Phones of Spanish Prime Minister and Defence Minister hacked with Pegasus spy software

by Lorraine Williamson
Pegasus software hacked phones

Not only Catalan separatists have been bugged, but the mobile phones of Spanish Prime Minister Pedro Sánchez and Defence Minister Margarita Robles have also been tapped using Pegasus software from Israeli company NSO.  

The Pegasus software has been used in numerous countries to monitor politicians, activists and also journalists. The software can extract all kinds of important data from a person’s phone. Furthermore, it can intercept messages, switch on the microphone and camera and share location data. 

In Spain, there has been a fuss about it for weeks. The same spy software was previously used by the government to eavesdrop on Catalan separatists. The Spanish defence ministry said the software had always been used ‘legally’. Catalonia declared independence in 2017 after many people voted for secession in a referendum banned by Madrid. Afterwards, involved separatist leaders were arrested and tried. 

Sánchez and Robles victims 

Now it appears that the phones of Prime Minister Pedro Sánchez and Defence Minister Margarita Robles were tapped in May and June 2021 using the Israeli program Pegasus. The Spanish government has filed a complaint with the Audiencia Nacional, claiming that the intrusions, in which a large amount of information was stolen, have an ‘external’ origin. 

The hackers extracted a huge amount of information from Sánchez’s phone: 2.6 gigabytes in the first break-in, and 130 megabytes in the second. The loot on the Defence Minister’s mobile phone was much smaller, at least in volume: 9 megabytes. However, the government does not yet know what information was stolen and how sensitive it was, but in both cases it was her work phone and not her private phones. 

Report by Minister Bolaños 

The Minister of the Presidency, Félix Bolaños, appeared early Monday morning in La Moncloa. He was accompanied by spokesperson Isabel Rodríguez and reported ‘committed intrusions; whereby a certain amount of data was extracted from the terminals’ and described the interventions as ‘illegal’ and ‘external’. 

Bolaños did not make it clear who was behind it or whether the perpetrators acted on behalf of another country. According to him, the Spanish government and the Ministry of Justice did not authorise it. The Spanish government assures that the computer attacks come ‘from outside the state organs’. ‘When we talk about intrusions from outside, we mean that they take place outside the state organs. Therefore, they do not have judicial authorisation. That is why we describe them as illegal and external,’ Bolaños stressed.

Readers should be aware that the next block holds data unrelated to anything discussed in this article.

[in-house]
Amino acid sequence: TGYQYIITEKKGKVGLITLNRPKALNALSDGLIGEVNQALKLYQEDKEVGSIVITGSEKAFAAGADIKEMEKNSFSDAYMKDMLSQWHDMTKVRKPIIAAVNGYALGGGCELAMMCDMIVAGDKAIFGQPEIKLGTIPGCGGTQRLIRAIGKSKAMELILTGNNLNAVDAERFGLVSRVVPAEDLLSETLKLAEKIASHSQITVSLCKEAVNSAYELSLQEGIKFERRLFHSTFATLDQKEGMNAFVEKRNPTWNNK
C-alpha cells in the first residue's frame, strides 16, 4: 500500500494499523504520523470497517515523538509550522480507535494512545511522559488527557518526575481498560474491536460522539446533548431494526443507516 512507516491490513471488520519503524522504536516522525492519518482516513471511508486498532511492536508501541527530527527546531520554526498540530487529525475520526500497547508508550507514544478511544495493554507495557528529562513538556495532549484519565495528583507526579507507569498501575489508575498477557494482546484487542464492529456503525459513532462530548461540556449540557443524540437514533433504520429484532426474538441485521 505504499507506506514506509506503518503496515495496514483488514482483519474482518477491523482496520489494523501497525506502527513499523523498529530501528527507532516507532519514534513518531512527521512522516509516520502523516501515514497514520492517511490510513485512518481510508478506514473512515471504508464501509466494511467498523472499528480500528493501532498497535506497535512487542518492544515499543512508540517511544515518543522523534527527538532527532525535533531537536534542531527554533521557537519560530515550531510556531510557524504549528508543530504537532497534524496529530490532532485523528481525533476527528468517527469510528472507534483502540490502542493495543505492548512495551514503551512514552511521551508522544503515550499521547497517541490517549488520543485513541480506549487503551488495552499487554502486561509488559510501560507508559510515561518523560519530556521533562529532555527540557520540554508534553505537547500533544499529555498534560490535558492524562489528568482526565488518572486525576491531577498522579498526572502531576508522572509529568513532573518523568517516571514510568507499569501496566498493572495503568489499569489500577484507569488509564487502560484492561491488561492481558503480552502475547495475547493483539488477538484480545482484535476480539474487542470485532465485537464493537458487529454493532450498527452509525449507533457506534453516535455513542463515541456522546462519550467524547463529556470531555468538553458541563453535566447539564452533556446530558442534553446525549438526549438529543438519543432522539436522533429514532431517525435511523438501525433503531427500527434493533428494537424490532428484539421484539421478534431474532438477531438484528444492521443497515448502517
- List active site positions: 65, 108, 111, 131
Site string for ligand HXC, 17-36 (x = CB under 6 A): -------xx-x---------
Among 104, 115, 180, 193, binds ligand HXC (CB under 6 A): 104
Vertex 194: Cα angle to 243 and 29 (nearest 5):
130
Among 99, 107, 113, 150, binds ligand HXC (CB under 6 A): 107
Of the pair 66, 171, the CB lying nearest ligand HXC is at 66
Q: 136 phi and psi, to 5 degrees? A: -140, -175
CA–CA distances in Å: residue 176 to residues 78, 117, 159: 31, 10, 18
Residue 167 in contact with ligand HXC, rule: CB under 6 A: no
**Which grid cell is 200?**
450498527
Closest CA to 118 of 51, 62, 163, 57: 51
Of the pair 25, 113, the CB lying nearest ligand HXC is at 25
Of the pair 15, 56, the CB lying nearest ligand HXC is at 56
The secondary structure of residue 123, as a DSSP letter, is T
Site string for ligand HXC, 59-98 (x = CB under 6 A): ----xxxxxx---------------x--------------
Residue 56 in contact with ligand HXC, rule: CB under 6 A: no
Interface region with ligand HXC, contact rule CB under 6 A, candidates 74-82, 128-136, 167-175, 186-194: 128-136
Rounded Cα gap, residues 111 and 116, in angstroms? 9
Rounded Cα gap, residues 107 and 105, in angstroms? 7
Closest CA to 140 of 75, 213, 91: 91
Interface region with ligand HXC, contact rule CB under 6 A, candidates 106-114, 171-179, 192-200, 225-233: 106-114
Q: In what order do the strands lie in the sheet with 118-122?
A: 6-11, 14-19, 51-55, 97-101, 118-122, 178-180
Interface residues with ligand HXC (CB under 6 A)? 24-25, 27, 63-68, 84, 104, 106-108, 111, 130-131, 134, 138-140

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On Monday morning, the Public Prosecutor’s Office filed a complaint with the judge of the Audiencia Nacional to investigate. The complaint does not mention the possible perpetrators by name. However, it relies on ‘verified and contrasted’ data, about which ‘there is no doubt’, said Bolaños.  

Hack-proof phone  

When a high-ranking official takes office, he receives an encrypted and theoretically hack-proof mobile phone from the Departemento de Securidad Nacional (DSN). This, in turn, is provided by the Centro Criptológico Nacional (CCN), which is responsible for ensuring the secrecy of state communications. The fact that the phones of the President and the Minister of Defence were spied on without the attack being detected is a clear breach of security. 

Sources in La Moncloa point out that intrusions of this type have been detected in some 20 countries. Furthermore, this was without it being possible to discover the source in most cases. Theoretically, the Pegasus programme is not in the possession of the secret services of supposedly hostile countries, such as Russia or China, but rather of friendly countries, such as Morocco, Saudi Arabia, the Emirates or Mexico. 

Thorough forensic analysis 

The discovery was made after the CCN conducted a thorough forensic analysis of the two mobile phones. During this time, Sánchez and Robles had to hand them over for a period of 24 to 36 hours. This was because the periodic and routine checks to which the phones of high-ranking officials are subjected had not detected them. Following the publication of the list of more than 60 Catalan pro-independence leaders who, according to Citizen Lab, a group of experts from the University of Toronto (Canada), had been infected by Pegasus and the realisation that many of them had never been spied on by the CNI, the government decided to check its own mobile phones. 

Strengthening security systems  

One of the government’s conclusions is that we will strengthen our security systems. We are going to make all the knowledge and capabilities of the central government available to regional governments and parliaments,’ Bolaños added. The government claims that this discovery will not affect Congressional hearings to clarify the Catalan wiretapping scandal.  

No new intrusions after June 2021 according to minister 

The government claims that on Sunday it had in its hands the report of the National Cryptologic Centre (CCN). This is the CNI body that oversees the security of senior officials’ communications. According to the report, the phones of Sánchez and Robles were not broken into again after June 2021. ‘We know that since those dates, there has been no intrusion into those two terminals. There is no evidence that there has been another break-in,’ the minister concluded. 

Also read: Spain asks officials to change passwords due to cyberattacks

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